This skit highlights an anthropological concern of the "Culture Clash" of modern globalization. The mixing of people with different cultural backgrounds can cause situations where someone's name and daily life practices can make others in a social situation feel uncomfortable. The mixing of cultures makes life more interesting but more complicated. The reference to the nun liking the "dirty version" also could be viewed as her saying that she preferred the real version not the censored one, preferring a "real life" situation then one created for public consumption.
"Roy and Hank Spim – Mosquito hunters"
This episode begins with brothers Hank (Graham Chapman) and Roy (Eric Idle) walking through what seems to be fairly rough country terrain. As Hank pulls a bazooka out of the back of a trailer, the narrator (John Cleese) explains how the fearless backwoodsmen brothers have chosen a life of violence in a world where only the fittest survive. It is the brothers thirst of adventure that lead them off mosquito hunting. When they are asked why they don't simply use fly spray, Roy answers "well, where's the sport in that?".
Suddenly, Hank spots the first mosquito of the day. Viewers are left tense as they watch both brothers crawl through the bushes to ambush the mosquito. As Roy fires off a bazooka, Hank quickly follows by shooting off a machine gun. As the smoke from their shots begins to dissipate, the brothers, with delight, notice that they have successfully killed the mosquito. However, just as a measure of precaution, Roy approaches the body and fires off a few more rounds from his machine gun. Hank then proceeds by pulling out an enormous curved knife and skins the mosquito. It is said that the wings of a fully grown mosquito can be sold for anything up to point eight of a penny of the open market. After a long and hard day of hunting the two brothers return to their camp for a restful night. Before they can rest, the two brothers, surrounded by their trophies, discuss a much greater adventure: they are planning a moth hunt.
In preparing for the moth hunt, Hank describes how he will use a helicopter to lure the moth away from the flowers. This will present Roy with the perfect opportunity to come along in his Lockheed Starfighter and attack the moth with air-to-air missiles.
This article can be related to the field and study of archaeology in many ways. As will be explained, it relates to the field in relation to the appeal of adventure and the fashion. As noted in Timothy Clack and Marcus Brittain's book Archaeology and the Media, in the clip one can see that both Roy and Hank match the description. Both brothers are seen throughout the clip dressed in typical colonial wear. The action of hunting the mosquitoes is also greatly dramatized to give it more of an archaeo-appeal. The hunt is also very glamorized and portrayed as being very dangerous. To simply kill a mosquito, both brothers use weapons of mass destruction instead of simple fly spray. The various ways in which archaeology as a field is glamorized are also noted and further explained in Cornelius Holtorf's book From Stonehenge to Las Vegas and in Archaeology as a Brand!. Glamorizing a field like archaeology can be used as a method of attracting more people and gaining their interest.
Two judges (Eric Idle and Michael Palin), taking off their robes in a dressing room, chat in a campy manner. One reports that he did his summing-up "in a butch voice", and the jury loved it. They reminisce about flirtations in court.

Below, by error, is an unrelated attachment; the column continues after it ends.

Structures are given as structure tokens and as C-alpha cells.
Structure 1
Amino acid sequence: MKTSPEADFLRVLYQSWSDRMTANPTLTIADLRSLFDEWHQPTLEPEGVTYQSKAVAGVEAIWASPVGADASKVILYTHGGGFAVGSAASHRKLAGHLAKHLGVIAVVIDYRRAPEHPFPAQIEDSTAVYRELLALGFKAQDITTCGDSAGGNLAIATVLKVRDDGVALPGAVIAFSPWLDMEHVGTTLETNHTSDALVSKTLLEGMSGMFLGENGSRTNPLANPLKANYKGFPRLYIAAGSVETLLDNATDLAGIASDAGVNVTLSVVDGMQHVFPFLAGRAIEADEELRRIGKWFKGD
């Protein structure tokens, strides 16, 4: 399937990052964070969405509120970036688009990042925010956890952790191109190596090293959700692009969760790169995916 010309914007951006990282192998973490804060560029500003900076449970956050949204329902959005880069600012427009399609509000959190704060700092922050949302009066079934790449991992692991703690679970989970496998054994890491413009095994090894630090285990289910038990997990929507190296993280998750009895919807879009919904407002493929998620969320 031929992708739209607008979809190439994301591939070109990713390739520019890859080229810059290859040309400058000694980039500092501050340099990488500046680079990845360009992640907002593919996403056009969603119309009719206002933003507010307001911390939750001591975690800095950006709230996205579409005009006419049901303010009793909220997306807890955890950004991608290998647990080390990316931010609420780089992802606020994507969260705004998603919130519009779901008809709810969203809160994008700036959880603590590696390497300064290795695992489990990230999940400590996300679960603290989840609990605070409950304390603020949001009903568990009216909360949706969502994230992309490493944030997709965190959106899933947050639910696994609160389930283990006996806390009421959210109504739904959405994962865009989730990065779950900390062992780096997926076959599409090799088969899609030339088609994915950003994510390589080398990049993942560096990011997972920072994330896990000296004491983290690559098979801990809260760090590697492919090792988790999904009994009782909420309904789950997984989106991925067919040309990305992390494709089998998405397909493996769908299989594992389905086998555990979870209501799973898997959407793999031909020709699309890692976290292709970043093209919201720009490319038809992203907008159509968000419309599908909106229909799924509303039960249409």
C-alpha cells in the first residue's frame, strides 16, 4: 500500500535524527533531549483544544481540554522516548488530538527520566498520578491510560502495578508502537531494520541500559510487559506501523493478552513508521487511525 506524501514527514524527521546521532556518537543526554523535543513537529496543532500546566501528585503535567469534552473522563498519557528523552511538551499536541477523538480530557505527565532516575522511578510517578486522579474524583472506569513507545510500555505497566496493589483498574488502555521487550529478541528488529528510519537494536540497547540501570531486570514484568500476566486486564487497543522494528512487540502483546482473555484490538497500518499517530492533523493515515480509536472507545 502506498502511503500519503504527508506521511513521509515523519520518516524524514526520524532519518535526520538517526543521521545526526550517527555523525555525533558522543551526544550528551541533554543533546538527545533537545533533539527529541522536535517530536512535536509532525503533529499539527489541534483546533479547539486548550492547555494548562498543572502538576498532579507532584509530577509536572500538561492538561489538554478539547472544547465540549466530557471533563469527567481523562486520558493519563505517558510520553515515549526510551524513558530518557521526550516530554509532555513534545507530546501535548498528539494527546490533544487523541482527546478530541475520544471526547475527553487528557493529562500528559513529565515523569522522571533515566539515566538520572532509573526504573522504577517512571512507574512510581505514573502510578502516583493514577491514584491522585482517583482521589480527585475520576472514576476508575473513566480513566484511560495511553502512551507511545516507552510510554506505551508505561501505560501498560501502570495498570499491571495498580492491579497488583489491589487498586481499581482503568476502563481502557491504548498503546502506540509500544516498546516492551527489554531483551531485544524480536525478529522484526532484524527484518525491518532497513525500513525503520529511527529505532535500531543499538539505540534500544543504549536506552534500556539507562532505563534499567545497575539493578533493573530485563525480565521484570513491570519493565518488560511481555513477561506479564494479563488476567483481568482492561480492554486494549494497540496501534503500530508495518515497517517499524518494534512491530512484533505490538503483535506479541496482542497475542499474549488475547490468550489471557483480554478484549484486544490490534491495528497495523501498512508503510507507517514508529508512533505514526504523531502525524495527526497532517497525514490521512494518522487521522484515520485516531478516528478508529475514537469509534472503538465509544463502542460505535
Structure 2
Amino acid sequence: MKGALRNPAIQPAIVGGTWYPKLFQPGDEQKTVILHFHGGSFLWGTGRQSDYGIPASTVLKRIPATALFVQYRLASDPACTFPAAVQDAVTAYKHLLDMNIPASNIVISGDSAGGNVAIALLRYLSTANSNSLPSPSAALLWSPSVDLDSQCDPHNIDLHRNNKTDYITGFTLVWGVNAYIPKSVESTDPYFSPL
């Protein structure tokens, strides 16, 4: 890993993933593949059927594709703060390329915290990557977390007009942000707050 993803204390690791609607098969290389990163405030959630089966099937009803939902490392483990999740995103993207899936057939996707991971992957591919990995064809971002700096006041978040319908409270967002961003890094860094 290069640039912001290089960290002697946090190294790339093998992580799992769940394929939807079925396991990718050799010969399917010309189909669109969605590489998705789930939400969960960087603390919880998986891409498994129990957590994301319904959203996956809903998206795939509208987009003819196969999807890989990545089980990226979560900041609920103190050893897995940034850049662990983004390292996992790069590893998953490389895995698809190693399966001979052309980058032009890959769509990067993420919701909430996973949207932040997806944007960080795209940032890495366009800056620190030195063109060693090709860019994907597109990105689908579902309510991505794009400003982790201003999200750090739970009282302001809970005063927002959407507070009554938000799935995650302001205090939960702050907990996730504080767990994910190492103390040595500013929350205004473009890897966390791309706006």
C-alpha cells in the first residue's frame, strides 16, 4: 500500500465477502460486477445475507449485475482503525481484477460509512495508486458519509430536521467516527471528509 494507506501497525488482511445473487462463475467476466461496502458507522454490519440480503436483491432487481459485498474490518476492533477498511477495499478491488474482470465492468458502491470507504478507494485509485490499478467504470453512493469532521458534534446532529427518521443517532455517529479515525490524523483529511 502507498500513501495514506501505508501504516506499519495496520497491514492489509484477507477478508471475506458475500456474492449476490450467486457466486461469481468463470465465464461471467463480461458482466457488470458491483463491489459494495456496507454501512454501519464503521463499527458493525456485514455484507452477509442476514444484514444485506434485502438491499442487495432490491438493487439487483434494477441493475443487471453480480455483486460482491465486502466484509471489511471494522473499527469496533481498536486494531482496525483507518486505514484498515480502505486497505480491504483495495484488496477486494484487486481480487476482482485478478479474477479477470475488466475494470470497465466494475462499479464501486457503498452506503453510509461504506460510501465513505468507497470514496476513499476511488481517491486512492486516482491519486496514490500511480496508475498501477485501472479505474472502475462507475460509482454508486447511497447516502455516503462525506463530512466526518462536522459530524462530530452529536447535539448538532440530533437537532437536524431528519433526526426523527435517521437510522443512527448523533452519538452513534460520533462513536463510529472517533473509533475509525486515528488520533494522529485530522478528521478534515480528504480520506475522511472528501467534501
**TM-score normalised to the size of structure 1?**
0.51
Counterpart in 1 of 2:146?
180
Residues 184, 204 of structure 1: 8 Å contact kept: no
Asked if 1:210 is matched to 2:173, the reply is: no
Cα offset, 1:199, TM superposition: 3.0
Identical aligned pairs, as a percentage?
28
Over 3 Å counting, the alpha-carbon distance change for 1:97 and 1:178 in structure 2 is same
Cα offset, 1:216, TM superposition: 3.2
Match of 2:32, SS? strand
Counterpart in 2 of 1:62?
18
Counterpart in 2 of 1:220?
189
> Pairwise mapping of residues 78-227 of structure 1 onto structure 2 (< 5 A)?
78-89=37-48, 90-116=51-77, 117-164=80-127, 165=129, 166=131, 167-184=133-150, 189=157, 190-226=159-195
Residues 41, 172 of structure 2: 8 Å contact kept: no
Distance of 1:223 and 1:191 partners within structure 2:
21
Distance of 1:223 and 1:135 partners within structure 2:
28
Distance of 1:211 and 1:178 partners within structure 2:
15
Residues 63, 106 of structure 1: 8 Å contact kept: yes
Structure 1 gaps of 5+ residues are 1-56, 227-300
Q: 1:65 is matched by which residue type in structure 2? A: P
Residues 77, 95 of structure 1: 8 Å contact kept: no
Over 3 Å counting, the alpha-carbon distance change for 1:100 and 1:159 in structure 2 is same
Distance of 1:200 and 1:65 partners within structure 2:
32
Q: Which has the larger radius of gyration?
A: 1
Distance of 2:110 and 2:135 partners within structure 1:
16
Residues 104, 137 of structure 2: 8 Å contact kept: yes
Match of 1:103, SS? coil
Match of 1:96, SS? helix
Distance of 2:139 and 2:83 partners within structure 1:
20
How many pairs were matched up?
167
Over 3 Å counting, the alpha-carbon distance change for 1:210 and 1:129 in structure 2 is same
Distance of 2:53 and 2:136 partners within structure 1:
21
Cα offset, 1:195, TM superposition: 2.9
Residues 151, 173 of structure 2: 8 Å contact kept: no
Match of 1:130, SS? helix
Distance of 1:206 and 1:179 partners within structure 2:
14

"Mrs. Thing and Mrs. Entity"
Two middle-aged women (Eric Idle and Graham Chapman) meet on a park bench and commiserate: both are exhausted from trivial exertions (making tea, shopping for nothing). They comfort themselves with the thought that women in the past had worse morning chores: Mrs Stanley Baldwin had to catch partridges with her bare hands, Mrs William Pitt the Elder had to dig for truffles with her nose, and Mrs Beethoven had to spur on her husband's mynah bird.
"Beethoven's Mynah Bird (Shakespeare, Michelangelo, & Colin 'Chopper' Mozart (ratcatcher))"
Ludwig van Beethoven (John Cleese) sits at his piano. A rude mynah bird perches nearby, not making any noise; Beethoven shouts, "You don't fool me, you stupid mynah bird, I'm not deaf yet!" After the bird cackles at him, Beethoven shoots it and it falls off its perch. He is clearly agitated with difficulty composing his Fifth Symphony. He only becomes more agitated as his wife (Graham Chapman) runs a vacuum cleaner and pesters him about a missing sugar bowl and other mundane matters. The scene then cuts to Shakespeare (Eric Idle), Michelangelo (Terry Jones), and Mozart (Michael Palin), all discussing the names of their current projects comically while discussing their issues with their home life. Mozart's rat-catcher son, Colin "Chopper" Mozart, then goes to shoot some rats in Beethoven's apartment with a machine gun.
Mrs Thing and Mrs Entity remark that Beethoven was glad when he went deaf, because there would be less distractions while he composed music. Beethoven and the mynah reappear, with the mynah bird miming "The Guy Who Found the Lost Chord" by Jimmy Durante.
The episode closes with a return to the Judges, still chatting about various random topics.
- Holtorf, Cornelius (2005). From Stonehenge to Las Vegas, Archaeology as Popular culture. Altamira Press. p. 34.
- Lieber, Robert J.; Ruth E. Weisberg (2002). "Globalization, Culture, and Identities in Crisis". International Journal of Politics, Culture, and Society. Springer. 16 (2): 273–296. doi:10.1023/a:1020581114701. JSTOR 20020163.
- Clack, Timothy; Marcus Brittain (2007). Archaeology and the Media. Left Coast Press.
- Holtorf, Cornelius (2007). Archaeology is a Brand! The Meaning of Archaeology in Contemporary Popular Culture. Left Coast Press.